Wednesday, September 12, 2007
Here is the latest of Patricia's journal entries describing her Washington vigil. To see earlier entries, go to her photo-a-day gallery and scroll backwards. And for her additional pictures, go to her Photos from My Iranian Vigil for Peace gallery.
I talked with Patricia this morning by phone. She sounds in excellent spirits. This woman is indomitable.
We are not alone
Today was the day I learned that we are not alone in our commitment to finding a nonviolent solution to our country's concerns about Iran. Not only did I find my old activist buddy, Jay, in front of the Capitol mounting his own vigil and entering his second day of a hunger strike, but our signs were worded almost exactly the same! I'd known Jay during my solitary vigil for Lebanon in July and August 2006. At that time he was in the middle of a hunger strike for Darfur. Jay always offered me support and a smiling face during those brutally hot 18 days I spent in front of the White House entering into nonviolent dialogue about the Israel/Lebanon war with persons from around the world. And here we are again, this time vigiling for the very same purpose!
As if meeting Jay weren't enough of a boost, Jan Pendlebury of Peace Action of New Hampshire and the NH chapter of the National Environmental Trust stopped to thank me for mounting this vigil and ended up standing with me and even holding my sign at two different times during the afternoon. It was great to have a sister at my side, especially since today's weather was not too conducive for outdoor vigils. It rained off and on--mostly on--all day. I was grateful for every bit of raingear I had with me, including my plastic poncho, a black plastic bag to cover my scooter's control panel and basket--where my camera was housed--and an umbrella. But I've learned that mounting a vigil under difficult weather conditions can touch people more than if you do it on a lovely day. Your commitment is out there for all to see.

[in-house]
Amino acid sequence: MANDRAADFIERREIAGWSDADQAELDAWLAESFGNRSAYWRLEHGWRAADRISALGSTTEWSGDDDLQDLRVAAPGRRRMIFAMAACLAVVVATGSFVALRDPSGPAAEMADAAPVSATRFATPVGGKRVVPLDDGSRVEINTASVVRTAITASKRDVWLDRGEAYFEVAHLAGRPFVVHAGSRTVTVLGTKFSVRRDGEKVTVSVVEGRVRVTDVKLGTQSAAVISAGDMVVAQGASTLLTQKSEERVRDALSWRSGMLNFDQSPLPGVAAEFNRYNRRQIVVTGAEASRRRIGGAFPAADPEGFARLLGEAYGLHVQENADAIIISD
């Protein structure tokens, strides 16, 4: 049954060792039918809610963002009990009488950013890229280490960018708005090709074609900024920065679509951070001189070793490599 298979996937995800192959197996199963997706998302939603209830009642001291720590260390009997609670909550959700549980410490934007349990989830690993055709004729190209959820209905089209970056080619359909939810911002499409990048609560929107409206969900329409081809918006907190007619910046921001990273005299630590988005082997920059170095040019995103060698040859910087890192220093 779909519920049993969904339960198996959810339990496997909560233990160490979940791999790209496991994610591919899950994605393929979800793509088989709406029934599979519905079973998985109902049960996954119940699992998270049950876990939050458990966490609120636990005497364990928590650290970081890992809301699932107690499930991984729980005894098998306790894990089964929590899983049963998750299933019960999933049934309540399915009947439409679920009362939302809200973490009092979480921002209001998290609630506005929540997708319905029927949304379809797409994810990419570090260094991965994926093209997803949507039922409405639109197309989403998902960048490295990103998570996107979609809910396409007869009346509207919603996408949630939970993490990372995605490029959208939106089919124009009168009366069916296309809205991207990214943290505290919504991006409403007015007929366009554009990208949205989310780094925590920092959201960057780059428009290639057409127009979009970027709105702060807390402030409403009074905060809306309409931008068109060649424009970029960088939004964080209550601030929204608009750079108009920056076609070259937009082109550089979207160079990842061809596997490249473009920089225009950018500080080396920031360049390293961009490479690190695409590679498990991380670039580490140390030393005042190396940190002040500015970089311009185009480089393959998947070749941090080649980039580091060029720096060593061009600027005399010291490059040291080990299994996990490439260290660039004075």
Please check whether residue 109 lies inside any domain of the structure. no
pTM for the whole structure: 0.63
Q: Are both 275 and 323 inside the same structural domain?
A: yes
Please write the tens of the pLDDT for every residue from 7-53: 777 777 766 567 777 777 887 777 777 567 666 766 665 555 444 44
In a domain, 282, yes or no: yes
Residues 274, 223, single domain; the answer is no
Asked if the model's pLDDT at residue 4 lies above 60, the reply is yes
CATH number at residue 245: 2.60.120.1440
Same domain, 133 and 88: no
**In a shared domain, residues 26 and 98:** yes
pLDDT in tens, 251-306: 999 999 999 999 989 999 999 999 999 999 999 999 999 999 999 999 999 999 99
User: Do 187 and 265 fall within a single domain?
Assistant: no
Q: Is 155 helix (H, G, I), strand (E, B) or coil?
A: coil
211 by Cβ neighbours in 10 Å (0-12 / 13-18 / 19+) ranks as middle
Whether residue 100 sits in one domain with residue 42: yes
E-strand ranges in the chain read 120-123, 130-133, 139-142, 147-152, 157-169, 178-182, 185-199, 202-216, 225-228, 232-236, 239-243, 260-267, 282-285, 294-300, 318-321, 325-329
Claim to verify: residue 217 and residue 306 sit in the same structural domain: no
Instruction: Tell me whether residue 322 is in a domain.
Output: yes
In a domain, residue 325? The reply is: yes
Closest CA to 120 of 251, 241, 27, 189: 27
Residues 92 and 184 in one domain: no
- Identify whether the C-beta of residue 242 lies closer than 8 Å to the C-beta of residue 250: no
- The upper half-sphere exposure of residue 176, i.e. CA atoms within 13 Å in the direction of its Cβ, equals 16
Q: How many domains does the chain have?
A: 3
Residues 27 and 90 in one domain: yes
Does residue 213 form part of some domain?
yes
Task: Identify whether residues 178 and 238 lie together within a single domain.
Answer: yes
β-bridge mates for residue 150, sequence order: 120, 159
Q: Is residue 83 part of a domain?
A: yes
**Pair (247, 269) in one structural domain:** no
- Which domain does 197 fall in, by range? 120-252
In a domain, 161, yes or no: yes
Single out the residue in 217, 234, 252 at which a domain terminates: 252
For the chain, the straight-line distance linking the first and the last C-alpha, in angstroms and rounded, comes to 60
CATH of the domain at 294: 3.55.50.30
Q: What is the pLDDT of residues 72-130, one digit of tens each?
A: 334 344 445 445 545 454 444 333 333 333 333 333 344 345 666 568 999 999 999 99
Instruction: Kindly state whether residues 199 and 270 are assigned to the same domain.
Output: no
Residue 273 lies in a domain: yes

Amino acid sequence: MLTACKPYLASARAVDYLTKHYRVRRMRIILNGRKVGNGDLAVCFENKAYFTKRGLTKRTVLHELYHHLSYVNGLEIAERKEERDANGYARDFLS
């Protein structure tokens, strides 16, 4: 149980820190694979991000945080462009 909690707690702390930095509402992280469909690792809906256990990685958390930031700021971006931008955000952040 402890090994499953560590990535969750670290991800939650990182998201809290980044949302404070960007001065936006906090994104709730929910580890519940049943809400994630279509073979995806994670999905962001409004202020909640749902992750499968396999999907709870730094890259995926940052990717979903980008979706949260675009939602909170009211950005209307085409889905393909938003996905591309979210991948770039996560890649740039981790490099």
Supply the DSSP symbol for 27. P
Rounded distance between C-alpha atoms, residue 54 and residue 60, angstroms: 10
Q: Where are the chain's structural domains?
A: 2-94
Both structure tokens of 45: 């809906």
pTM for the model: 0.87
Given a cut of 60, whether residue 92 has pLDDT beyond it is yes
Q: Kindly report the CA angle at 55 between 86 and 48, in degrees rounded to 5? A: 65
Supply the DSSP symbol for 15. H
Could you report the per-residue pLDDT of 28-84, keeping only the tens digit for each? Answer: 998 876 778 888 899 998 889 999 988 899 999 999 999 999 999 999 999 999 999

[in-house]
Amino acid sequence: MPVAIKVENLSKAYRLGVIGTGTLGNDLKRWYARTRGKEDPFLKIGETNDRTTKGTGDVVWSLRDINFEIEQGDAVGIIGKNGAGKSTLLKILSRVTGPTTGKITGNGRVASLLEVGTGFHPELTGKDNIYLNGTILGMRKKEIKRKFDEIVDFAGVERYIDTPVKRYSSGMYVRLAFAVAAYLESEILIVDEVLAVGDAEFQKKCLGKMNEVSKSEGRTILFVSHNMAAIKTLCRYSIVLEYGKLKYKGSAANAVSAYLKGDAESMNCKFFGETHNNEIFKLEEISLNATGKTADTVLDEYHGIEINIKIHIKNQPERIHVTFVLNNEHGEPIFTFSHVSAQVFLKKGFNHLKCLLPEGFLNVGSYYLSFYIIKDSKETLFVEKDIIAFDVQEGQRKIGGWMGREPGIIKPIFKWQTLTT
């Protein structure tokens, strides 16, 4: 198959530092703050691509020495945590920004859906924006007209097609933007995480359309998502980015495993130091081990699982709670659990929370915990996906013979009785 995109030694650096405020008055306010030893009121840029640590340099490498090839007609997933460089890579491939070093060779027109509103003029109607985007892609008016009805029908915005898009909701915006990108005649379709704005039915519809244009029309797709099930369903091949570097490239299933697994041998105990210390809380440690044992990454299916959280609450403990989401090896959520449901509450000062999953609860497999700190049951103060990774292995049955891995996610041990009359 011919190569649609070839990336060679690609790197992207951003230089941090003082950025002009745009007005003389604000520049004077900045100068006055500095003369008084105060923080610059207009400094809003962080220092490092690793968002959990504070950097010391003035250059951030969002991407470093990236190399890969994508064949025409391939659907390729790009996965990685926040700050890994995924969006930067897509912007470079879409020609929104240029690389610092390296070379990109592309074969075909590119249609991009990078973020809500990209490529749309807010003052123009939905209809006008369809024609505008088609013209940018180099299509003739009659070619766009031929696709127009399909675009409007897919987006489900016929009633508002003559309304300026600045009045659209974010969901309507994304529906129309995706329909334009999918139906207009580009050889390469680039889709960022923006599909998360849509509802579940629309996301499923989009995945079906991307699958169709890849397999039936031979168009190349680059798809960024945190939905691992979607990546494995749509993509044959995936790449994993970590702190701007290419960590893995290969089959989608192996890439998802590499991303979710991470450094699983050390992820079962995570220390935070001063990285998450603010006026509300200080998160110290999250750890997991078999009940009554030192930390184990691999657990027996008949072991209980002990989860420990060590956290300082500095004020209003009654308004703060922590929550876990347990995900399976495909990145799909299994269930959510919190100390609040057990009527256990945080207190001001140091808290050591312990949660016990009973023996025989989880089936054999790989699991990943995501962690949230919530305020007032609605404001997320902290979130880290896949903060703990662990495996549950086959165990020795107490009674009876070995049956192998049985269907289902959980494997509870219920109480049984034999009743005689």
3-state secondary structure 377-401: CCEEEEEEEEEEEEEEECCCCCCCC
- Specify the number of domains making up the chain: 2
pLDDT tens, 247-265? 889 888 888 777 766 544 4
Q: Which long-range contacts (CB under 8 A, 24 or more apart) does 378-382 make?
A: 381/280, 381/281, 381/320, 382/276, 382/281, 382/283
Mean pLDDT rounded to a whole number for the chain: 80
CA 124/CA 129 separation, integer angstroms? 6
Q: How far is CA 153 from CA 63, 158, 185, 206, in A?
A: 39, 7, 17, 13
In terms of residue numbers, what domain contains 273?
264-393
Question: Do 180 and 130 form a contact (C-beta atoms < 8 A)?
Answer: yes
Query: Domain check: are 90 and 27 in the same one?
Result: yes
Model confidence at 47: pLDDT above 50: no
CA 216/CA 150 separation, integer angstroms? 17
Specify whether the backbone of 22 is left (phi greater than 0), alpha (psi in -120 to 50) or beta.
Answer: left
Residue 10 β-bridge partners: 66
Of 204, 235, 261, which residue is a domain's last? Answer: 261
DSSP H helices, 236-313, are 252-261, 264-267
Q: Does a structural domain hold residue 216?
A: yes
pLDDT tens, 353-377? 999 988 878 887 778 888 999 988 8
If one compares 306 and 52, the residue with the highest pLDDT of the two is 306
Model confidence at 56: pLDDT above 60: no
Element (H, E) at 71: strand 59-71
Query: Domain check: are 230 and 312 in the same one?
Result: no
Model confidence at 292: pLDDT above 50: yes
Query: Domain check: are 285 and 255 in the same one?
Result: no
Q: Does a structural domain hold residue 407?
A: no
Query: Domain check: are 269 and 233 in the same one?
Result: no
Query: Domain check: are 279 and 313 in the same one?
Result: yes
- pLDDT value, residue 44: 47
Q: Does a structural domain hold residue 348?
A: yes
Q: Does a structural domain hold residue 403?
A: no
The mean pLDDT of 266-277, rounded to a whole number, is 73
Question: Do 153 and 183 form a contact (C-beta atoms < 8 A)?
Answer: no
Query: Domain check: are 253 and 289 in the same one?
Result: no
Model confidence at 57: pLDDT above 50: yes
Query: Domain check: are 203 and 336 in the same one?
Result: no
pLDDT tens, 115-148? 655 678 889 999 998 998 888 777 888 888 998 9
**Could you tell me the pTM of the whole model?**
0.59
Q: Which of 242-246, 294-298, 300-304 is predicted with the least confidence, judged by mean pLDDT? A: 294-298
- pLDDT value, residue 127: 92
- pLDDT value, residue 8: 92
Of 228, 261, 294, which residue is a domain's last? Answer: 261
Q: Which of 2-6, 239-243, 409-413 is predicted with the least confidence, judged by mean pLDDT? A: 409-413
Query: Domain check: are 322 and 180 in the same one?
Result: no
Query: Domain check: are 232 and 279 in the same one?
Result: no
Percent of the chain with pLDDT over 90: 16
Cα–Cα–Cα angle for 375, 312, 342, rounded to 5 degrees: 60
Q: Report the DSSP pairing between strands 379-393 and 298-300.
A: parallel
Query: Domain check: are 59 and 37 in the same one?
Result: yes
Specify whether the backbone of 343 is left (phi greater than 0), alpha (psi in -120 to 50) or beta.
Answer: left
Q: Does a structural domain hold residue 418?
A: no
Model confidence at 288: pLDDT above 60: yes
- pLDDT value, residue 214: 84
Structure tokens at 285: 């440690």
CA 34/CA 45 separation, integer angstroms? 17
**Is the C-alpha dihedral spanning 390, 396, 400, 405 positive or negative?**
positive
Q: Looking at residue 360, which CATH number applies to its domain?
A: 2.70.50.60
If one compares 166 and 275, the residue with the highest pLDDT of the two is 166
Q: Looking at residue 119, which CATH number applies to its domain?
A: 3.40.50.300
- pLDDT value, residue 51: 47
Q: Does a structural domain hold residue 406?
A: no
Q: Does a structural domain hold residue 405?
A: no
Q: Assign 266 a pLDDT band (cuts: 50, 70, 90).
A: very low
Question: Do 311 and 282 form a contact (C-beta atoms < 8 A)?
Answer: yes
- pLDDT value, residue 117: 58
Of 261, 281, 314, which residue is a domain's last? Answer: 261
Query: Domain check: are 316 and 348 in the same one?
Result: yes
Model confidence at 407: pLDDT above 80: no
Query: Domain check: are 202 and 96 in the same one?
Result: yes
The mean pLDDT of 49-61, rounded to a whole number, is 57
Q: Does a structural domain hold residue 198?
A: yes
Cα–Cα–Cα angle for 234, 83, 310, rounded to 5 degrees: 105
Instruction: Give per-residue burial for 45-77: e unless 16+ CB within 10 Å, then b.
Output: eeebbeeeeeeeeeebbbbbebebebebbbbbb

However, I was happy that the rain had stopped by the time I'd taken a wonderfully welcome hot shower back at the hotel and changed into dry clothes. It meant I could eat a yummy veggie burger and delicious hot cheese soup at my favorite outdoor cafe. And then I could scoot around taking photos. During my scoot I met David, Jamie and their little boy, Nathan. They had driven in from West Virginia for a peace march commemorating 9/11, but had had to miss it because they couldn't find parking they could afford! But we did find one another, and it was wonderful to meet two more people who share our hunger for peace. I think there are more of us out there than we realize.
This city, Washington, DC, has deep meaning to me. I was born here and am a fifth generation Washingtonian on my father's side. Thomas Carberry, the first mayor of Washington, DC, is one of my ancestors. Everywhere I look there are memories of my childhood and family. When I scooted by the Willard Hotel today, I remembered my grandfather who had worked there at one time in his life. The National Theater brings back memories of all the plays my parents took us to see, including "Auntie Mame" with Carol Channing, and "West Side Story" on its pre-Broadway run in 1958. So you see, coming to DC is like coming home for me. I'm sure that's why I feel comfortable mounting a vigil here by myself.
I've added today's photos to my Photos from My Iranian Vigil for Peace gallery.